Put down the drill ...

Blkonyx

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I have been collecting and selling over a decade now, and this kit wins the prize for most extra holes ever...

Bass Drum - count'em 18, not including be 6 extra in the rims
Floor Tom- couldn't figure out how to use the adjustable legs? No problem, let's add some new ones in the middle!
High tom- how many mounts you need? 5? No problem.
Plus 3 the other drums in similar condition...sigh


Snare drum was the only survivor.
 

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atomicdave

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do what you can, within financial reason, to fill and cover em. A tub of wood filler, patch of wrap, and patience can bring forth a noble save on this kit.
 

amosguy

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Well, the little animal kept in the bass drum has gotta breathe, right?
 

retrosonic

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Thats literally the worst thing I have ever seen drum wise. Worse is the ripped up ply inside the floor tom.

personally, I wouldnt spend any time or $$ on these. These have had it.
 

troutstudio

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Holy cow! Still, I'd be happy to fix those. Fun times in the shed. Once I even used a photo of the wrap, printed onto gloss paper, stuck onto dowel and painted over with epoxy. The bearing edge on that tom is a concern though . . .
 

JazzDrumGuy

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Man, I want a set of blue onyx Rogers so badly. This is killer and would fit my needs exactly. I love drums like this. I would salvage them and play the Daylights out of them. Lucky you!

And I have seen drums much worse and fixed them to make them look like new, whether extra holes, ply separation, outer finish or damage, or combination thereof, so these issues don't concern me at all!
 

bassanddrum84

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Yeah, wow - it looks like they used an ice pick and a hammer! I don't see how that happens with a ordinary drill. Maybe they put all their weight on it?
It actually happen easily with a dull bit and not putting tape on both sides. This is prime example of not doing the prep work and taking the time to properly do it
 

bassanddrum84

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The holes on the Tom must of been done before rims mounts were a thing. But easily fixable!!!!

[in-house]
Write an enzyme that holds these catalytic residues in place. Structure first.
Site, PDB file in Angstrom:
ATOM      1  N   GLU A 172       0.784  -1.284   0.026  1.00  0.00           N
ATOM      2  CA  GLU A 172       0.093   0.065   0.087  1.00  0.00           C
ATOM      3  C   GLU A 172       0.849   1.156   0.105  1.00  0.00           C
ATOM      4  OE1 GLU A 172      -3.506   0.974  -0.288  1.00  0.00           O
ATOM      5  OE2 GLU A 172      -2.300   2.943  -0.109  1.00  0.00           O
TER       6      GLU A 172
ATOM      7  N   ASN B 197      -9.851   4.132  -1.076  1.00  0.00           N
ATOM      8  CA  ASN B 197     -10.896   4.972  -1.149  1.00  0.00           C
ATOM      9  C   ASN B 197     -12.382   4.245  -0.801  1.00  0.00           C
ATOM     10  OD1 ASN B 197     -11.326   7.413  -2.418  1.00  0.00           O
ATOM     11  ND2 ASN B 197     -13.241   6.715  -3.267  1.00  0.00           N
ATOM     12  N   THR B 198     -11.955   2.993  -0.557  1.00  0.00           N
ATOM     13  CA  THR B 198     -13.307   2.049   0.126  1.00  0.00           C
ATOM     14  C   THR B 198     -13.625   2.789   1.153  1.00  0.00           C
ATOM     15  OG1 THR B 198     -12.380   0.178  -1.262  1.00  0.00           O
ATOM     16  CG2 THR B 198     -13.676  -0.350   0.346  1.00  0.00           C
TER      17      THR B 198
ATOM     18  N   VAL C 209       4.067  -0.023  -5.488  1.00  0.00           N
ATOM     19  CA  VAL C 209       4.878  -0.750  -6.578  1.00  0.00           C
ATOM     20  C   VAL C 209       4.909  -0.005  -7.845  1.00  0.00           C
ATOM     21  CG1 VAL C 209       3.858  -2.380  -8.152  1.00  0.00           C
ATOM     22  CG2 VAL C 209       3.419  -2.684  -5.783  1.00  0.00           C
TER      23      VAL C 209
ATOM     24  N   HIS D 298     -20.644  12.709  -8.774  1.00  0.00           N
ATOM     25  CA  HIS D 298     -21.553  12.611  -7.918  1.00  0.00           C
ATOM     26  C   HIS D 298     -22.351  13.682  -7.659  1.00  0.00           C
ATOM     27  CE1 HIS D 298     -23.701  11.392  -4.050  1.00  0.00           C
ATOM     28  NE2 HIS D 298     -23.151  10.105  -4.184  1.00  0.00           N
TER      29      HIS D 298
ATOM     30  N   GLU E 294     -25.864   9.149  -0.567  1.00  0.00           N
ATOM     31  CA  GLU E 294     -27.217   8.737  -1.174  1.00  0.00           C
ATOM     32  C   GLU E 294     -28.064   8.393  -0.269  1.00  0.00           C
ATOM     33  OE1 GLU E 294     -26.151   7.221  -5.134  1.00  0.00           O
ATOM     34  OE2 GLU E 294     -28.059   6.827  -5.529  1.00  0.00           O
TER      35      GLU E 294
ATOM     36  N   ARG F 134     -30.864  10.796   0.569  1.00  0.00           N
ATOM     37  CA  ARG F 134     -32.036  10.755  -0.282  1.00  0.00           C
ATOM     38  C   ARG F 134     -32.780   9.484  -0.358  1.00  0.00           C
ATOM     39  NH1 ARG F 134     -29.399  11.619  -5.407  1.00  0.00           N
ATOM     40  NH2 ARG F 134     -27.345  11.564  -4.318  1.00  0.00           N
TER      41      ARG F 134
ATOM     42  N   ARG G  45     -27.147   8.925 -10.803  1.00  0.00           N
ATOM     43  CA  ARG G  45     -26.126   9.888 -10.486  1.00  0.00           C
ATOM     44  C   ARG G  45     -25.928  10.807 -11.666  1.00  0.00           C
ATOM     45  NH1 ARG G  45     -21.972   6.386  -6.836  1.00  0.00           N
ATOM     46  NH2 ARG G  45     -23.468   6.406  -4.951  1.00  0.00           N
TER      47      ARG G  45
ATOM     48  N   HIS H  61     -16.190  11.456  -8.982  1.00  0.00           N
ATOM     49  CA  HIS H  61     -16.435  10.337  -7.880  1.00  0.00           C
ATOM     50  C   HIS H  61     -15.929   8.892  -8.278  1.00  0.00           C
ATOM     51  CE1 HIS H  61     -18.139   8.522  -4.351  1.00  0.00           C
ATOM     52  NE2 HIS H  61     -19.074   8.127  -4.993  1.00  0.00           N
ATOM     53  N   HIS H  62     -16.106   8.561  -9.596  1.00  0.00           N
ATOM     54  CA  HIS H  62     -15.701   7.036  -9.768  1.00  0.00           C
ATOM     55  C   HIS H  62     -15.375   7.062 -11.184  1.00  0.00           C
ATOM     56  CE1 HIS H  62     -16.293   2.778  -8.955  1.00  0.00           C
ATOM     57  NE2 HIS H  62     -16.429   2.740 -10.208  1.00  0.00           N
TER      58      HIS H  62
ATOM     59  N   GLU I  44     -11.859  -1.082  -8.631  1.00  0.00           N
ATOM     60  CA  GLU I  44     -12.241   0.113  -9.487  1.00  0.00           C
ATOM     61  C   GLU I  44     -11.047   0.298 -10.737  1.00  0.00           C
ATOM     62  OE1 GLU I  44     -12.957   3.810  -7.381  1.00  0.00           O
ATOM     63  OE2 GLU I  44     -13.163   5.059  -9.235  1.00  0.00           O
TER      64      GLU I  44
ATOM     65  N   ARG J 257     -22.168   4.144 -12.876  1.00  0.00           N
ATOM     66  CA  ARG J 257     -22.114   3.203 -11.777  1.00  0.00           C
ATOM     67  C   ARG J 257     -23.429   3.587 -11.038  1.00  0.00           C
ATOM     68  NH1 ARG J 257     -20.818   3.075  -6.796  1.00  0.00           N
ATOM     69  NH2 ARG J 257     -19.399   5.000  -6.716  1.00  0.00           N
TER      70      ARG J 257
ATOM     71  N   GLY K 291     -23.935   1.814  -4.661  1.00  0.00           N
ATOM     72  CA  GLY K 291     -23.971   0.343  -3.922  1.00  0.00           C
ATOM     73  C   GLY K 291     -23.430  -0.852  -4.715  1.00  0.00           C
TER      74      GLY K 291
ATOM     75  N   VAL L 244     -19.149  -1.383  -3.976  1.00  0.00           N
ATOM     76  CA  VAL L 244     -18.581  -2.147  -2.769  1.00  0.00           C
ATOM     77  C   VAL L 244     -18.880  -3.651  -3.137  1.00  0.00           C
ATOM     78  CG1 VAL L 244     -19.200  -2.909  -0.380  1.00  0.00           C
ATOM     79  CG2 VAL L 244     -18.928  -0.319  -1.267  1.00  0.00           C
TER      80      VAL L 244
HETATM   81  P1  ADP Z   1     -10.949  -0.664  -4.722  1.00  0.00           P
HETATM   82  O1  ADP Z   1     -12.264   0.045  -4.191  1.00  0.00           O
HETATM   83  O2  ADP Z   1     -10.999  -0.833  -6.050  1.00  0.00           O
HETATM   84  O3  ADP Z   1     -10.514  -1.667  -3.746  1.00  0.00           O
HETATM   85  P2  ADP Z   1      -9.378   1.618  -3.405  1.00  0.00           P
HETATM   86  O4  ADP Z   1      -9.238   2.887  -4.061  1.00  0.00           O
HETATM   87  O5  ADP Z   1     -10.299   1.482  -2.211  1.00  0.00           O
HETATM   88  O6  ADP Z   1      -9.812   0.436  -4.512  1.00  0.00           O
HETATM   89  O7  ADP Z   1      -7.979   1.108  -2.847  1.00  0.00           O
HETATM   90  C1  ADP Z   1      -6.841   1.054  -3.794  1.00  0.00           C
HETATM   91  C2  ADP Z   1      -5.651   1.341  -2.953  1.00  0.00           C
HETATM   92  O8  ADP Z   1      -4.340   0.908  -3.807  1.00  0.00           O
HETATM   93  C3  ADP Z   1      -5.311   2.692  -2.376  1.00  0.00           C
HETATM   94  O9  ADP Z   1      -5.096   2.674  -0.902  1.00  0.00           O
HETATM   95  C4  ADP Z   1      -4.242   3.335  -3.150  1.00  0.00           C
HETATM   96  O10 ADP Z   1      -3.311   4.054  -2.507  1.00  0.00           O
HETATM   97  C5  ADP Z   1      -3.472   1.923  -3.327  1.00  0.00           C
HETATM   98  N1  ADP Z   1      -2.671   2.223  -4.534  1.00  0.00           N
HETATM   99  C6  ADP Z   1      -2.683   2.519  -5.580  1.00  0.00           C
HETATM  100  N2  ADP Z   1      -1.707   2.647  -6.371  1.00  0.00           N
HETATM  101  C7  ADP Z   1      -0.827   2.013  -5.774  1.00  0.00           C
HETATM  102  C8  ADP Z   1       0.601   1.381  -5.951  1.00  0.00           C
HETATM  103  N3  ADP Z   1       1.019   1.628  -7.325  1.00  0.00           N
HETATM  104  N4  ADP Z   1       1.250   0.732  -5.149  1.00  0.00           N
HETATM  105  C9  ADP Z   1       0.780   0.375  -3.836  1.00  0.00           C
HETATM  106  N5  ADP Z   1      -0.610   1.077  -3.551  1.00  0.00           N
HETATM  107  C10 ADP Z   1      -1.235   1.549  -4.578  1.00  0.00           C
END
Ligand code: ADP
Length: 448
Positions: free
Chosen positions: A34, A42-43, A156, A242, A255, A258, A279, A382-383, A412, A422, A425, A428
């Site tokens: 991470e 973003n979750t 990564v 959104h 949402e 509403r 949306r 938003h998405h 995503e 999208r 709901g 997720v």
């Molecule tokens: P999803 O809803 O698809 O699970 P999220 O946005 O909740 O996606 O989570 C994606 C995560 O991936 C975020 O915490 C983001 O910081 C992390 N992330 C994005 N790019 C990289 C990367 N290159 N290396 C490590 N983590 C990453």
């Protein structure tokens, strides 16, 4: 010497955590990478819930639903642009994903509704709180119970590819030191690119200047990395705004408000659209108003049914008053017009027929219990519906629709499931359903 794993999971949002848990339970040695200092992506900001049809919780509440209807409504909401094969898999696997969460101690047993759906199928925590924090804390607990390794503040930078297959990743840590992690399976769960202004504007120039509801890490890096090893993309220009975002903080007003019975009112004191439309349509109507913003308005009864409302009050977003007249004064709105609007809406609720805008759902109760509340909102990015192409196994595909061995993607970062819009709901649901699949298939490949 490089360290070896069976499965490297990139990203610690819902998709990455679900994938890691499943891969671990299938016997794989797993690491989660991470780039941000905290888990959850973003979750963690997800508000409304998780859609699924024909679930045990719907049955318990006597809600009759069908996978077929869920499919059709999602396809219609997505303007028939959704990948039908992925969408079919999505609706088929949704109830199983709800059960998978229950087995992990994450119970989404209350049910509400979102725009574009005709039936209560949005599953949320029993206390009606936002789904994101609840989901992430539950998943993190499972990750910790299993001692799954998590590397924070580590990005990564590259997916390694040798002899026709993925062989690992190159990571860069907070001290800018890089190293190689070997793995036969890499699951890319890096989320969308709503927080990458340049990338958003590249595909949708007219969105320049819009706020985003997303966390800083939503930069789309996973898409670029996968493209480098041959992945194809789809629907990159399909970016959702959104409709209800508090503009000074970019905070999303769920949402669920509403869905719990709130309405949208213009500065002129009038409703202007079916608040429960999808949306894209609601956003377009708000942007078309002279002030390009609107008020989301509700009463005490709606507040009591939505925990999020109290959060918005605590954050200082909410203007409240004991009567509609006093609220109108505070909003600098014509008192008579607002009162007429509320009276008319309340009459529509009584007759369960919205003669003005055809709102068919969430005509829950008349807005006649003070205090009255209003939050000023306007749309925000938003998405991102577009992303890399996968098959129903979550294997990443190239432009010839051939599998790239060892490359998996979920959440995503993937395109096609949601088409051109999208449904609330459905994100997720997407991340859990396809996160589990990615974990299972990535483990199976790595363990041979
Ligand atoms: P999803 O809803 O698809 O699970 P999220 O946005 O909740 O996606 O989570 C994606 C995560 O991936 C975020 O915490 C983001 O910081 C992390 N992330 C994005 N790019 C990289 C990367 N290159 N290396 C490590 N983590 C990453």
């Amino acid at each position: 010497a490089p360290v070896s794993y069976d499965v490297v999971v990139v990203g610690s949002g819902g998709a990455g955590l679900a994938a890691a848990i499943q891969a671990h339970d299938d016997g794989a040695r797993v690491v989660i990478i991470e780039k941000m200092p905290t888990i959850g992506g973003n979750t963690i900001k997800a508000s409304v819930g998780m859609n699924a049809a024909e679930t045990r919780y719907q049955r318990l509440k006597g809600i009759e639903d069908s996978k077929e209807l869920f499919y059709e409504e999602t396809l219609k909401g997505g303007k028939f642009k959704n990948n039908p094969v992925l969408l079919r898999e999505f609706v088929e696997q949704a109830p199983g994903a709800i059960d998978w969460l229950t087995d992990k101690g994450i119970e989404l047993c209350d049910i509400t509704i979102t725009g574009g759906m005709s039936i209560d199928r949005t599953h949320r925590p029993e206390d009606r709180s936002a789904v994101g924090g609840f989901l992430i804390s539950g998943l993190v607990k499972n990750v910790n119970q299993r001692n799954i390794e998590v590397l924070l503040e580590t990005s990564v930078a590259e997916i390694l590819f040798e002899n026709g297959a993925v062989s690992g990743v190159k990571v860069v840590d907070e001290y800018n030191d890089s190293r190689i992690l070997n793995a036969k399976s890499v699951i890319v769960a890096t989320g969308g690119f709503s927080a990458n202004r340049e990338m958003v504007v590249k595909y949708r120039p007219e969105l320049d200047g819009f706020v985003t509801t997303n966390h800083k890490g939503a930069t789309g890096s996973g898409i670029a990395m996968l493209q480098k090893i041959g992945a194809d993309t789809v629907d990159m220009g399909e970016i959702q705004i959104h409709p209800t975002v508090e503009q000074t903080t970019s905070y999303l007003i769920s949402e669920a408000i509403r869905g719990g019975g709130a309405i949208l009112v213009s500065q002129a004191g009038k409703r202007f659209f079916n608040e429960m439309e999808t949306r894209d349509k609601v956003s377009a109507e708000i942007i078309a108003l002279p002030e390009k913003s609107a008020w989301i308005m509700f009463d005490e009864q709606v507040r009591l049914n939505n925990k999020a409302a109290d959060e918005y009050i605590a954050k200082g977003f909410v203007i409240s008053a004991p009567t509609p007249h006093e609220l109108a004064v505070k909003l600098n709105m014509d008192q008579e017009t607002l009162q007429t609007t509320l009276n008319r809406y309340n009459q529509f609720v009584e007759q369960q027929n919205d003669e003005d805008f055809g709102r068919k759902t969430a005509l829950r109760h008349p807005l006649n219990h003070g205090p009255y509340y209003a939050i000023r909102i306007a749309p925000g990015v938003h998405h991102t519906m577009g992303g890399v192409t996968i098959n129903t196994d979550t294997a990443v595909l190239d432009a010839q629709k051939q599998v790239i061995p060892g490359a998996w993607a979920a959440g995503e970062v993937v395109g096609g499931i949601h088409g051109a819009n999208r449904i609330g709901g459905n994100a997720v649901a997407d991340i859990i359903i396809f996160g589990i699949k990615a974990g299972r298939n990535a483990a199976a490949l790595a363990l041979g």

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drummer5359

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About ten years ago I came across a set of Cleveland Rogers in black diamond pearl for a good price on Craigslist, I drove the forty five minutes to check them out.

The finish was good, but someone had changed the mounts. The seller assured me that there were no extra holes. I picked up one of the mounted toms and looked through the clear resonant head. It didn't have any additional holes. "Okay." I bought the kit, loaded it in my car and headed home. I ordered new heads for the kit when I got home.

The following day I started working on the kit. When I got to the bass drum I found that under the new mount it looked like it had been attacked by a woodpecker. I was sick to my stomach.

I blamed myself for not looking further into the kit before I bought it, I know better. I also knew that I'd never be happy with that kit. And I was not going to misrepresent it to someone else. I needed to have something positive come out of this purchase.

I have a drummer buddy that I've known since my teens. (We'll call him "Rob".) He is a good guy, but he never had a decent kit. At the time of this he had a rough Percussion Plus kit with no name cymbals and junk hardware.

I reassembled the Rogers after cleaning and polishing the chrome. I installed the new heads. I put together a decent set of hardware that I had, cleaned up a Ludwig Acrolite, and a full set of Zildjian A Customs that I wasn't using.

We invited he and his girlfriend to dinner. I had the Rogers kit stacked in the corner of the dining room. Rob drooled all over the kit. At the end of the evening I gave him the kit. He LOVES the kit.

Although the changed mount and extra holes bothered me, he has no issue with it. It was a major upgrade for him. It wasn't the right kit for me, but it was the right kit for him.
 
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